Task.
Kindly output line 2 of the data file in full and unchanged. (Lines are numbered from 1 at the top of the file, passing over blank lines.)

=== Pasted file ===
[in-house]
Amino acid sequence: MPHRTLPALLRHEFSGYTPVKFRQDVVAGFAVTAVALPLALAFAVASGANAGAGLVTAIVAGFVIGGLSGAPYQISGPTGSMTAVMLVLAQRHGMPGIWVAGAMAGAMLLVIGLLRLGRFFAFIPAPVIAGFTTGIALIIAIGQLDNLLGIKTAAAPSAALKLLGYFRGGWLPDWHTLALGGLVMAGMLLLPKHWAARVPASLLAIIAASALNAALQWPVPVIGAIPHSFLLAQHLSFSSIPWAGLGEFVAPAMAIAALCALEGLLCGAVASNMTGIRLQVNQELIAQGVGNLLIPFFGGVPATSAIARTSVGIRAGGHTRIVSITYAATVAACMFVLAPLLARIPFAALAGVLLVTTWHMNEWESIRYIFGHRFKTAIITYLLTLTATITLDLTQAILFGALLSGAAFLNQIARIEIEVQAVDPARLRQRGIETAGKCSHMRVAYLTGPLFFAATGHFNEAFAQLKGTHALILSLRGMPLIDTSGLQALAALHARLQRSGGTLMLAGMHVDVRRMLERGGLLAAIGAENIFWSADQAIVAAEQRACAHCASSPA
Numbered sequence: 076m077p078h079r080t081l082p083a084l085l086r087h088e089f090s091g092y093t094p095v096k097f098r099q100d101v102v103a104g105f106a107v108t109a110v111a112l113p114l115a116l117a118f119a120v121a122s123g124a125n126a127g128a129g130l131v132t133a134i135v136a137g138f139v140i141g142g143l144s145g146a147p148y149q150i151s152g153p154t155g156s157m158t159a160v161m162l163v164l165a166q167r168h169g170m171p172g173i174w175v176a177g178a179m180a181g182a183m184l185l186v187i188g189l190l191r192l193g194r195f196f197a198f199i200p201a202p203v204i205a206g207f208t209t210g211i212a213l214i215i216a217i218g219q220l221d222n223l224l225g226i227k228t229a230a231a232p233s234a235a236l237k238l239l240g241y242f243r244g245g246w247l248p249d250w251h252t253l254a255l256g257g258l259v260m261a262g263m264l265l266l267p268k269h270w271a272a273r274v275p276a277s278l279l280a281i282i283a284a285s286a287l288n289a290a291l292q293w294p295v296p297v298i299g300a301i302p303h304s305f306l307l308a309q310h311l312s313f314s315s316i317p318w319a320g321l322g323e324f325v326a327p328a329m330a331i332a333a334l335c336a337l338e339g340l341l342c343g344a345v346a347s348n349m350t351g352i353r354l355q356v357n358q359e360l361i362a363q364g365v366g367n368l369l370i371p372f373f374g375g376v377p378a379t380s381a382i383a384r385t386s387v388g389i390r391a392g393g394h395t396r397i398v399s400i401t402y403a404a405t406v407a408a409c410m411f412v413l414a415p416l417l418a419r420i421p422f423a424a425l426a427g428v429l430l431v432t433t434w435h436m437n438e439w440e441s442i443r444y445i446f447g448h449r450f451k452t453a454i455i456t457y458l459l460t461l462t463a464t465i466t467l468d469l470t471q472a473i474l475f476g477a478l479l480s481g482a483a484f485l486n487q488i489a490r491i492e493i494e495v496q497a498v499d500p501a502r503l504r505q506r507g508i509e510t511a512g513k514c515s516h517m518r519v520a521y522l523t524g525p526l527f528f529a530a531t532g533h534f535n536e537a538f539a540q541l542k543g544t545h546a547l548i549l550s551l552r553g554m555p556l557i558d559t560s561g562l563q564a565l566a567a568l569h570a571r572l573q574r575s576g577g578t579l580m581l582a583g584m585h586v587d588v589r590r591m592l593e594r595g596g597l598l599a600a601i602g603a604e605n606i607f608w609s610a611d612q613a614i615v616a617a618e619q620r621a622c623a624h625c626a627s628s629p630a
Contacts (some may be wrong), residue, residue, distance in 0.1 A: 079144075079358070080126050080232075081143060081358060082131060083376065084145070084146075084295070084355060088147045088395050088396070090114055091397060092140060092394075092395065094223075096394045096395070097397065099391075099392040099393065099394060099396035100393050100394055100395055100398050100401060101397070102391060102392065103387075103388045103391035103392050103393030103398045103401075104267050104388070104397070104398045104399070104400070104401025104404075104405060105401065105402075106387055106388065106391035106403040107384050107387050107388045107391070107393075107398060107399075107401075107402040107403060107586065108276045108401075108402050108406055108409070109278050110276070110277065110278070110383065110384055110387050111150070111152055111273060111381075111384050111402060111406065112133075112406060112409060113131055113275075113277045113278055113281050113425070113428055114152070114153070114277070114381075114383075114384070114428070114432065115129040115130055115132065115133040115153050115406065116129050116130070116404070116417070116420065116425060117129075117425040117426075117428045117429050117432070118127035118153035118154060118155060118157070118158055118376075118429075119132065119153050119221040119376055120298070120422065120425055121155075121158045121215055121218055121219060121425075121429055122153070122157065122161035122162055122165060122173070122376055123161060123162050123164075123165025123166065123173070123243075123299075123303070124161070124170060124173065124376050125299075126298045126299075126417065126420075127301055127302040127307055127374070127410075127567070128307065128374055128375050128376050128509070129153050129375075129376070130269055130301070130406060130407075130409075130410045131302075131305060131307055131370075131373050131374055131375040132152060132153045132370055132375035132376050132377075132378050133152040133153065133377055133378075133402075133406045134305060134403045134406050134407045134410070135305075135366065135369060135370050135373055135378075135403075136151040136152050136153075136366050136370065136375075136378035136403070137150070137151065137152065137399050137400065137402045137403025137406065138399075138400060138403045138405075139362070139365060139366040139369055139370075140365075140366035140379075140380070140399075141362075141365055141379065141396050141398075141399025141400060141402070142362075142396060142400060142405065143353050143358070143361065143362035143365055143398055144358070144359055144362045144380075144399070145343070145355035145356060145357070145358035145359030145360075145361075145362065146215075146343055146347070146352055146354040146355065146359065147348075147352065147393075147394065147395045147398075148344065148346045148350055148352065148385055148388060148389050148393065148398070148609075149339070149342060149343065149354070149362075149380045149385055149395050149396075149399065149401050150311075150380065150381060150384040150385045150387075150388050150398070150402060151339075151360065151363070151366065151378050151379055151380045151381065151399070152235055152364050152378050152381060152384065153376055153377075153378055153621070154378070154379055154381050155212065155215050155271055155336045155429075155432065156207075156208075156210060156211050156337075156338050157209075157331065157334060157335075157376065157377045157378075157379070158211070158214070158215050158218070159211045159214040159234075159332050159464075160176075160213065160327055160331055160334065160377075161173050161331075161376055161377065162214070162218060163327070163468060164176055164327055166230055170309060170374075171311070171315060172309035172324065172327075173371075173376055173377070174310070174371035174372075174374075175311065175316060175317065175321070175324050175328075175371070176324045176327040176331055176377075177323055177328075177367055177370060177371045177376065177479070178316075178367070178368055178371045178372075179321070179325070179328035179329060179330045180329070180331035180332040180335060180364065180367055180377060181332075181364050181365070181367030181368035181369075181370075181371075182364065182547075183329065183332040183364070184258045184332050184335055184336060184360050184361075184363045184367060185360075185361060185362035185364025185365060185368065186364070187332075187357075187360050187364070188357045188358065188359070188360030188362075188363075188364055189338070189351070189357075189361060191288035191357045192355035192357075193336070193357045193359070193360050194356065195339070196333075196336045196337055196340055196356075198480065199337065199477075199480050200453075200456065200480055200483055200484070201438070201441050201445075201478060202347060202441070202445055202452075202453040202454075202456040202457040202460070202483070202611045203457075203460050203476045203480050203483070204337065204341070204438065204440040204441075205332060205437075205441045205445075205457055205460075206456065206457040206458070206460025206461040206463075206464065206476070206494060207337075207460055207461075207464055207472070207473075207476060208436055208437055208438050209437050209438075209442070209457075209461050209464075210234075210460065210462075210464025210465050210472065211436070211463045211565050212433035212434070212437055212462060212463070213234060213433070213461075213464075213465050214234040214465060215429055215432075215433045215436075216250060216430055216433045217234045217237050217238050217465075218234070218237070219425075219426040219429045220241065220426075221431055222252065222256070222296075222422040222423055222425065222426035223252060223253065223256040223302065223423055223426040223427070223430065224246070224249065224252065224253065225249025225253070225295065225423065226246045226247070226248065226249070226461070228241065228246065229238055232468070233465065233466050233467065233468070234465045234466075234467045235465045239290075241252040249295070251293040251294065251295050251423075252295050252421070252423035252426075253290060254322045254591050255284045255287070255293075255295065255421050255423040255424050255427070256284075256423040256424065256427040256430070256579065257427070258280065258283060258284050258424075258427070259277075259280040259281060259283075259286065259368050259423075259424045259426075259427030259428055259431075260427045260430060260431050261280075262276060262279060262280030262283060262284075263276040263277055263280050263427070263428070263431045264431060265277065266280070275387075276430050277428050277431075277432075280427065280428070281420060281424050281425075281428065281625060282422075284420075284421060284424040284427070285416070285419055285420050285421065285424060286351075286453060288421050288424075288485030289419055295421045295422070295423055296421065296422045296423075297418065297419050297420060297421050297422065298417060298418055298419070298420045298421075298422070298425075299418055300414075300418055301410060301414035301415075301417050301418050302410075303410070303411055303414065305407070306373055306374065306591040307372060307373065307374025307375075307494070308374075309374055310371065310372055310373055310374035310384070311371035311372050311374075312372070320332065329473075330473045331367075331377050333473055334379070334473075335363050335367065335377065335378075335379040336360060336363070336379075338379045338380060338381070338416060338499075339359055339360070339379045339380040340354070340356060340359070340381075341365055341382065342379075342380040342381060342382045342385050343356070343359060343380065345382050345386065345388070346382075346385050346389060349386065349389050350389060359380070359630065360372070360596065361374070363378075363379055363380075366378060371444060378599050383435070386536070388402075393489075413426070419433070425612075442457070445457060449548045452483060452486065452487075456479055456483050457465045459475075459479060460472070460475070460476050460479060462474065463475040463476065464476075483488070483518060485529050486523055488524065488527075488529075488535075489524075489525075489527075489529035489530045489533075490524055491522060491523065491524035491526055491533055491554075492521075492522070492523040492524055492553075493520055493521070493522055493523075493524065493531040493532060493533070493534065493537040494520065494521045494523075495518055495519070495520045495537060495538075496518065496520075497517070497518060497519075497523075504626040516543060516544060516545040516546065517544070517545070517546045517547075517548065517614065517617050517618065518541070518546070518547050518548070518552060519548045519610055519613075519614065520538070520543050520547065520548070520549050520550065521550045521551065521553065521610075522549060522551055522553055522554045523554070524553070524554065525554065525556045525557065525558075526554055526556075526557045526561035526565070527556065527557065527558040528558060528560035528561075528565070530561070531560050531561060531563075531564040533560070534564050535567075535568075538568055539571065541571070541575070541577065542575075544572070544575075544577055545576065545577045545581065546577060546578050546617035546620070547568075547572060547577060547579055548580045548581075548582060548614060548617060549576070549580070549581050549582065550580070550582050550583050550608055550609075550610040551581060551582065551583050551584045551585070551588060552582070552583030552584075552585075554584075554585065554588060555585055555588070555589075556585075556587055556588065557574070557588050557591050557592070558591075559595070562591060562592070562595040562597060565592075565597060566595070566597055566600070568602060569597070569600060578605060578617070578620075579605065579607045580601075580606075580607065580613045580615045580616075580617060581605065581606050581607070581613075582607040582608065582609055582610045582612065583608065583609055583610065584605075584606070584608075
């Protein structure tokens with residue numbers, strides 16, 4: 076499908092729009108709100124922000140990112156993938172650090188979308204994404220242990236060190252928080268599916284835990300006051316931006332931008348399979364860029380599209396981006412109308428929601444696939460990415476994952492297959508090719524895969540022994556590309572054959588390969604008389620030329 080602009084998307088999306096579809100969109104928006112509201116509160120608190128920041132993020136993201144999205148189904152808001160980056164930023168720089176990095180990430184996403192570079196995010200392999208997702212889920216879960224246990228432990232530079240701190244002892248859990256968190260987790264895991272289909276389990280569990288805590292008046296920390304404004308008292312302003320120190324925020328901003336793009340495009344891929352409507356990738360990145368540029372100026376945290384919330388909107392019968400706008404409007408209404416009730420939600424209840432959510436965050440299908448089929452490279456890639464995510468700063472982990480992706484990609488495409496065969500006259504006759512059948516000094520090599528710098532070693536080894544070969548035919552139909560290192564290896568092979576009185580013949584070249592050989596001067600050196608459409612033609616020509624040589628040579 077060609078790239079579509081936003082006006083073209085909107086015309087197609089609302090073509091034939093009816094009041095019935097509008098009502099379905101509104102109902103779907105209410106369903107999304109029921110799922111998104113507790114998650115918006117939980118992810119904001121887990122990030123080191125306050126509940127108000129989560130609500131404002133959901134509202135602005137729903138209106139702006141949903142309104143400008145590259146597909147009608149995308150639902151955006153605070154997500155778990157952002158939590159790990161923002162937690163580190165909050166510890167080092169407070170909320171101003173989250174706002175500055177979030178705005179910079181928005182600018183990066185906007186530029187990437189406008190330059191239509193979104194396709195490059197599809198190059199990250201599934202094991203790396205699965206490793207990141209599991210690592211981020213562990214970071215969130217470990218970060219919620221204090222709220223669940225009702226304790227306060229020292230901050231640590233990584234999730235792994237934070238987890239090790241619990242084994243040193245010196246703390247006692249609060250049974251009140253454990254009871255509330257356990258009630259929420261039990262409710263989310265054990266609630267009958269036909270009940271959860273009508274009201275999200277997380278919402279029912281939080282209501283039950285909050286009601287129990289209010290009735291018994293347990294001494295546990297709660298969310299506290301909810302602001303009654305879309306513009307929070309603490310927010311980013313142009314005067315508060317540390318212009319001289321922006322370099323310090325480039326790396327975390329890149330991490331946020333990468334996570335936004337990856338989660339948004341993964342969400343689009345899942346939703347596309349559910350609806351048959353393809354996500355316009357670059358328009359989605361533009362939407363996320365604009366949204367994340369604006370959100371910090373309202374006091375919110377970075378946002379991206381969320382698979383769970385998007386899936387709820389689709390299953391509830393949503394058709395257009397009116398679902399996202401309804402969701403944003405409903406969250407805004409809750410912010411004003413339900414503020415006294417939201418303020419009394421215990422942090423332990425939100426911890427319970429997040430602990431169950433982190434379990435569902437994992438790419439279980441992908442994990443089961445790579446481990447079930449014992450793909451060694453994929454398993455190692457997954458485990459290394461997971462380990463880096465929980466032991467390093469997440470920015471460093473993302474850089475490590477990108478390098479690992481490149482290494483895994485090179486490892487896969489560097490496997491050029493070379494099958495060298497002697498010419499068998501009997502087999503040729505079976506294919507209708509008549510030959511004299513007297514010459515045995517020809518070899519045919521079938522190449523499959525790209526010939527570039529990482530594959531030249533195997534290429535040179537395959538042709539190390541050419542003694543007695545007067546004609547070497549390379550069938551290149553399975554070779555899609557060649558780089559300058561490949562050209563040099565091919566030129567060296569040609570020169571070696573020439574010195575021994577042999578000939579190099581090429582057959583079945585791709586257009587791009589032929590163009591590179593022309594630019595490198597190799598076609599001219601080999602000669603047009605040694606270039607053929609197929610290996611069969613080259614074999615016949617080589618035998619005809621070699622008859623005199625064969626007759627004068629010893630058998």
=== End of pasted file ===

Amino acid sequence: MPHRTLPALLRHEFSGYTPVKFRQDVVAGFAVTAVALPLALAFAVASGANAGAGLVTAIVAGFVIGGLSGAPYQISGPTGSMTAVMLVLAQRHGMPGIWVAGAMAGAMLLVIGLLRLGRFFAFIPAPVIAGFTTGIALIIAIGQLDNLLGIKTAAAPSAALKLLGYFRGGWLPDWHTLALGGLVMAGMLLLPKHWAARVPASLLAIIAASALNAALQWPVPVIGAIPHSFLLAQHLSFSSIPWAGLGEFVAPAMAIAALCALEGLLCGAVASNMTGIRLQVNQELIAQGVGNLLIPFFGGVPATSAIARTSVGIRAGGHTRIVSITYAATVAACMFVLAPLLARIPFAALAGVLLVTTWHMNEWESIRYIFGHRFKTAIITYLLTLTATITLDLTQAILFGALLSGAAFLNQIARIEIEVQAVDPARLRQRGIETAGKCSHMRVAYLTGPLFFAATGHFNEAFAQLKGTHALILSLRGMPLIDTSGLQALAALHARLQRSGGTLMLAGMHVDVRRMLERGGLLAAIGAENIFWSADQAIVAAEQRACAHCASSPA